The interview gives context to the explanations of each collection presented at the exhibition, and picks Chalayans brain on everything from his graduating collection in which he buried clothes with iron filings for a period, then dug them up and sent the dirty, rusted garments down the runway, to his upbringing and the role of women in his life.
I found it particularly interesting that he spoke so fondly of his mailable clothing, and basically put out a plea for funding, so it could go back into production.
I, for one would die if I received one in the mail and would immediately frame it...like so:
3. Anti-Object by Kengo Kuma
This book is part of the AA Words 2 series put out by the Architectural Association in London.
It basically presents an extended essay with accompanying diagrams, in which Kuma criticizes the faults of modernists who were quick to dismiss works by the likes of Bruno Taut, as expressionist works, without looking deeper into their purpose or reasoning.
I am only a few chapters in, but the argument so far presents modernist works, in particular, houses, as objects. They were always raised above the ground and separated from their surroundings with lawns and gardens. This made them very popluar with the media of the time, as they were easy to get photographs of, with their clean plains and lines. Other more expressive works, which may not have photographed as well, but provided a richer experience, were tossed aside and not given the recognition they deserved.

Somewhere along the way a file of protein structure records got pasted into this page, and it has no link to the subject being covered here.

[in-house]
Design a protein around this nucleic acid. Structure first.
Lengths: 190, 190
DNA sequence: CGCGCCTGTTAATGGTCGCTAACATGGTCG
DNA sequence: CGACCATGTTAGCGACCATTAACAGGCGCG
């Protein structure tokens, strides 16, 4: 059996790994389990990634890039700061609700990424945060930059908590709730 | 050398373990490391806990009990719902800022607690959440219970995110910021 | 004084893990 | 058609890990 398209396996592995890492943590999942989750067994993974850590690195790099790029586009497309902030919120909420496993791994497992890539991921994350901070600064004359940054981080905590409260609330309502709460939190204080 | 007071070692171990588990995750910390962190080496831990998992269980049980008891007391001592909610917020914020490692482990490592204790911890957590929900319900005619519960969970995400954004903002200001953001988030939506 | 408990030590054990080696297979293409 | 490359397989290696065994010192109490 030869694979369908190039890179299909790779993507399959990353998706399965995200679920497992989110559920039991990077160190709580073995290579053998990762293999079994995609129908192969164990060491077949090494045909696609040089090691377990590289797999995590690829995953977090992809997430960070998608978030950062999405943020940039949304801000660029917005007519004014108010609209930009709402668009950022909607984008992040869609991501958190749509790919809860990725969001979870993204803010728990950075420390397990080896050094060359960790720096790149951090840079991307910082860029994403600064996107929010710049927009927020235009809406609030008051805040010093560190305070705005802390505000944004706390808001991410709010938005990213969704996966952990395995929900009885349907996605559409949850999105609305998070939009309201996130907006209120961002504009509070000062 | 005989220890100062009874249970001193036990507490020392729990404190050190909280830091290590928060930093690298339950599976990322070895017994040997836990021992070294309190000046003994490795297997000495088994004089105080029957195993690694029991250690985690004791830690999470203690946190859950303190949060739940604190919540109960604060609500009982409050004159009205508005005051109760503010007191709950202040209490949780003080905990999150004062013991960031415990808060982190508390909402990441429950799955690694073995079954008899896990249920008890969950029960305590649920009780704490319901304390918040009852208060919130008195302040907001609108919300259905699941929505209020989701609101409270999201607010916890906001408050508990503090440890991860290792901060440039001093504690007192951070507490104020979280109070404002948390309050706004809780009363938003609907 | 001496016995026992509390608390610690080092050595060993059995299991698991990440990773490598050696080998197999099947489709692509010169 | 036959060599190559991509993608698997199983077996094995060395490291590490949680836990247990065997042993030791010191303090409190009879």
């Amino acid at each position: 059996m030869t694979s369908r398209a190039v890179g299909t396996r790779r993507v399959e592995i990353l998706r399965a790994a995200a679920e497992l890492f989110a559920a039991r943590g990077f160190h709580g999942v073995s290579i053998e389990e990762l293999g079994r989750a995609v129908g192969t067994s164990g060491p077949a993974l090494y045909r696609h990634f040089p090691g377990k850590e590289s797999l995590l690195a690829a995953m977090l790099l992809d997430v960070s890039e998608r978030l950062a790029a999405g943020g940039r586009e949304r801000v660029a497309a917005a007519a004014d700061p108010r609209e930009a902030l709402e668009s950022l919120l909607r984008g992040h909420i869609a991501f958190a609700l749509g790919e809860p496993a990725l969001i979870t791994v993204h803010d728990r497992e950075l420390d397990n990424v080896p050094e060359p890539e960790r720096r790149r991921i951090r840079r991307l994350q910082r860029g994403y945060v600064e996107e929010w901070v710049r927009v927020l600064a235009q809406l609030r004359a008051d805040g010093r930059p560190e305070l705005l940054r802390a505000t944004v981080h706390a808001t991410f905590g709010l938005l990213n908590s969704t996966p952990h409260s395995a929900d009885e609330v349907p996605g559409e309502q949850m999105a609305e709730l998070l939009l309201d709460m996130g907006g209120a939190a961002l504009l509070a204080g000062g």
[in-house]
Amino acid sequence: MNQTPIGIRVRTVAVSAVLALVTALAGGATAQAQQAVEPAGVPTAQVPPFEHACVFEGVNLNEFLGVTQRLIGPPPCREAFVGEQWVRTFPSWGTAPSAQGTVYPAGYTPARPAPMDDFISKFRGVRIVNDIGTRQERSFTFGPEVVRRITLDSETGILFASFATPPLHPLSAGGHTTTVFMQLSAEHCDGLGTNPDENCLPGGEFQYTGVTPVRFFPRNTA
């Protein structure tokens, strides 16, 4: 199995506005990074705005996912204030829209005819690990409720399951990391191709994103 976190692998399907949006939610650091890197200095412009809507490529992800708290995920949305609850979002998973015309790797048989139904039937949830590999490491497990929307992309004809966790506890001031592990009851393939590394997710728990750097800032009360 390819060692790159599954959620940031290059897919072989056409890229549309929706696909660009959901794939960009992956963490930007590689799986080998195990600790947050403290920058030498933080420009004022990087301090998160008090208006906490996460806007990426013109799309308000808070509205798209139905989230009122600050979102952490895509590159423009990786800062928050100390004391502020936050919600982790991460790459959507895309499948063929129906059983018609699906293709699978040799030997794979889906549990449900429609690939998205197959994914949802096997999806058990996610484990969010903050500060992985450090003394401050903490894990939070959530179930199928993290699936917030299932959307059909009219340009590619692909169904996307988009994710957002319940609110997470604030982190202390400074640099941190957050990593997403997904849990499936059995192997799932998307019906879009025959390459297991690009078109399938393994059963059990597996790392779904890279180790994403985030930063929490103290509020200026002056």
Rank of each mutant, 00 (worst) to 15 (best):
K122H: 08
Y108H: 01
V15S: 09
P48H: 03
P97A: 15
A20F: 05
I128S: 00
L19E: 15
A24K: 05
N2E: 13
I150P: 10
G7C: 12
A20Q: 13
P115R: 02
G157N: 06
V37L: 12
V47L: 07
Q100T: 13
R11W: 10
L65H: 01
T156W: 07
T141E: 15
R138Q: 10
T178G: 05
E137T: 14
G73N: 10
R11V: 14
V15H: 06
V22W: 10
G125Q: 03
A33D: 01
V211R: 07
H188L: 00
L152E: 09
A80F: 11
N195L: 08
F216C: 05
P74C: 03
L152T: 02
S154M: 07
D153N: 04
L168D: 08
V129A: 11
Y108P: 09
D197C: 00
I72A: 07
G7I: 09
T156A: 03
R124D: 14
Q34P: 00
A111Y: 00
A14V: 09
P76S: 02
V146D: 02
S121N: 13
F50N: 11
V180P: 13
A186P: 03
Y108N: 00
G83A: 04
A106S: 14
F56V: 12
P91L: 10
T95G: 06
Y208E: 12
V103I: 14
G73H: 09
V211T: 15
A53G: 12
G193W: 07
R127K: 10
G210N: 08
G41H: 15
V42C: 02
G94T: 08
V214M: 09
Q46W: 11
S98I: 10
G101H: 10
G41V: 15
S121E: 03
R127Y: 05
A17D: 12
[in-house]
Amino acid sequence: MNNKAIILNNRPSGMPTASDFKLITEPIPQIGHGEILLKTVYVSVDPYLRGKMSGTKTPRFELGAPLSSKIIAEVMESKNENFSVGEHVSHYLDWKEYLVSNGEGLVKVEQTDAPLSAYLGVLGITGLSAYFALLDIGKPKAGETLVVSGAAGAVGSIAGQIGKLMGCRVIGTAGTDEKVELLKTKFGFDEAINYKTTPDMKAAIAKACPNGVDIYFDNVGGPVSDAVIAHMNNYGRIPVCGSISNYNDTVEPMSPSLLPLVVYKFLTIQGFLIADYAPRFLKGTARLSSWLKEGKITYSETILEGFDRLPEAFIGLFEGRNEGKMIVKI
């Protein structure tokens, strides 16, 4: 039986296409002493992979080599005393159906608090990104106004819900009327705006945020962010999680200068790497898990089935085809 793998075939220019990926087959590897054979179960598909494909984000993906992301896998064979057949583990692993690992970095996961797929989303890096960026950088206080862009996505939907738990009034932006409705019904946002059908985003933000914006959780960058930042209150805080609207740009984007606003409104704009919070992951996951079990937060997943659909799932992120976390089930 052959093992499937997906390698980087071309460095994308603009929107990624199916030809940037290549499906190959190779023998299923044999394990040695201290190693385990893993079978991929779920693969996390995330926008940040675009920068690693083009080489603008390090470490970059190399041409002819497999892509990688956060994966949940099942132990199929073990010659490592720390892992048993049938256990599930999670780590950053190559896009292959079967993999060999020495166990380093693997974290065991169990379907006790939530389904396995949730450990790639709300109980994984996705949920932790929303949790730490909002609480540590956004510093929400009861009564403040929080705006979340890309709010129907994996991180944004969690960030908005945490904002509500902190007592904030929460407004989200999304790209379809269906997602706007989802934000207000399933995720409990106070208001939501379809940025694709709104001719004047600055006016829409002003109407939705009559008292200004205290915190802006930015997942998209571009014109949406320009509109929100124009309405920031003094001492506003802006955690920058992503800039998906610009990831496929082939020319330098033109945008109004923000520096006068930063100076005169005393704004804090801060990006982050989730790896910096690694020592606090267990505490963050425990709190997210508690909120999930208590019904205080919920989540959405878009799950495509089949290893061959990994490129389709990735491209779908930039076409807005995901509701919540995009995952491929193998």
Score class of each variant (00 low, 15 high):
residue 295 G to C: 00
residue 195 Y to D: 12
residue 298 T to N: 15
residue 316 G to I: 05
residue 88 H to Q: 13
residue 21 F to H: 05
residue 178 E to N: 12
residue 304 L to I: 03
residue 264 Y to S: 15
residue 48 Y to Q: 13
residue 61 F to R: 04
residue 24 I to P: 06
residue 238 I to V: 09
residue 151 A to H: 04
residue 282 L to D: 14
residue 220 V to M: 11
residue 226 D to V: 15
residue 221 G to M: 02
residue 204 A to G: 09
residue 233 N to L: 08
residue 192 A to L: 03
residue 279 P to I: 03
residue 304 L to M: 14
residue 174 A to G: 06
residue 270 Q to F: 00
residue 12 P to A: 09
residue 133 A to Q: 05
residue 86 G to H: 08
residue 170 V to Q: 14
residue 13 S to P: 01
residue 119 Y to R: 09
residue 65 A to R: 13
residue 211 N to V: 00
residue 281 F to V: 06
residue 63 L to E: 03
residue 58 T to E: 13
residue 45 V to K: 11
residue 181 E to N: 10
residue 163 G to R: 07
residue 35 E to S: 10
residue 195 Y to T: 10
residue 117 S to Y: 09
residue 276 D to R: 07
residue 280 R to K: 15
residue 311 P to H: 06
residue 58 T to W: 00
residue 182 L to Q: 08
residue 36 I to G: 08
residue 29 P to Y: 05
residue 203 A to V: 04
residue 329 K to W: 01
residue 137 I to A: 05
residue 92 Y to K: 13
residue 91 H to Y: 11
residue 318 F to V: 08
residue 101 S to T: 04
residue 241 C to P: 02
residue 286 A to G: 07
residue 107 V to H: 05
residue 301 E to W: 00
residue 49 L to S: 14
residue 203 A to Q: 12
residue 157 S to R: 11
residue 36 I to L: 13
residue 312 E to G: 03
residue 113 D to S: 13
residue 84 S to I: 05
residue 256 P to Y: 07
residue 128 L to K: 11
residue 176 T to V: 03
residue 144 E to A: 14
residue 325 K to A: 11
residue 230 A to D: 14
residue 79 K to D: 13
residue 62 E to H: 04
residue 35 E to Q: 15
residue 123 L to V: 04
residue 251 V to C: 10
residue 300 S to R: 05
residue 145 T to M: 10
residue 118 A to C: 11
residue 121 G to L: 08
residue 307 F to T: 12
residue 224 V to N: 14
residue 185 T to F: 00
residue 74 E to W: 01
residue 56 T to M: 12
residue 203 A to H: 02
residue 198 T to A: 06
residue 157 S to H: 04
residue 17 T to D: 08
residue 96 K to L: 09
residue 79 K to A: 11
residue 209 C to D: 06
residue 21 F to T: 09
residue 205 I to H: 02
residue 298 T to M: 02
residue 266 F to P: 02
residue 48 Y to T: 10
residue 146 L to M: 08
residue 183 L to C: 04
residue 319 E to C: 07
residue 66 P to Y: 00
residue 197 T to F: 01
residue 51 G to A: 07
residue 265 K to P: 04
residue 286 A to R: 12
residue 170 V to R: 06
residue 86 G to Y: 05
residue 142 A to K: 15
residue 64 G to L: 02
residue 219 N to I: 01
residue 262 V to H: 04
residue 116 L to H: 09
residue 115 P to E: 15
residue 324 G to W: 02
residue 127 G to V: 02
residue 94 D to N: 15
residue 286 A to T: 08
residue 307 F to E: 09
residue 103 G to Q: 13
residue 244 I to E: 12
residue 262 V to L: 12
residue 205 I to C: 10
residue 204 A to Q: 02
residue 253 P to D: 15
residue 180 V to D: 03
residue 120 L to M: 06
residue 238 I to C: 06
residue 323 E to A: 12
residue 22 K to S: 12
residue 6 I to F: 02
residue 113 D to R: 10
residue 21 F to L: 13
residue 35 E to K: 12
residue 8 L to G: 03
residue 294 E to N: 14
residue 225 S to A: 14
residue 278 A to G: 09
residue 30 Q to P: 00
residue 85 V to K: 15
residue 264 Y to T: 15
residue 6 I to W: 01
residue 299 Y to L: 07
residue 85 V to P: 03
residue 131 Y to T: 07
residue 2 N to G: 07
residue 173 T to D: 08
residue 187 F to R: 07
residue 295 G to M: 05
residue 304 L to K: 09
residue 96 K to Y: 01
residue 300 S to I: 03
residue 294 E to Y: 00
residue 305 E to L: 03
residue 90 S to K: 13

Bruno Taut, I salute you!
The book provided one of the most memorable quotes I have encountered in a very long time. Kuma writes:
"They were sustained in their isolation by the dream of escape from their mediocrity through the possession of attractive products."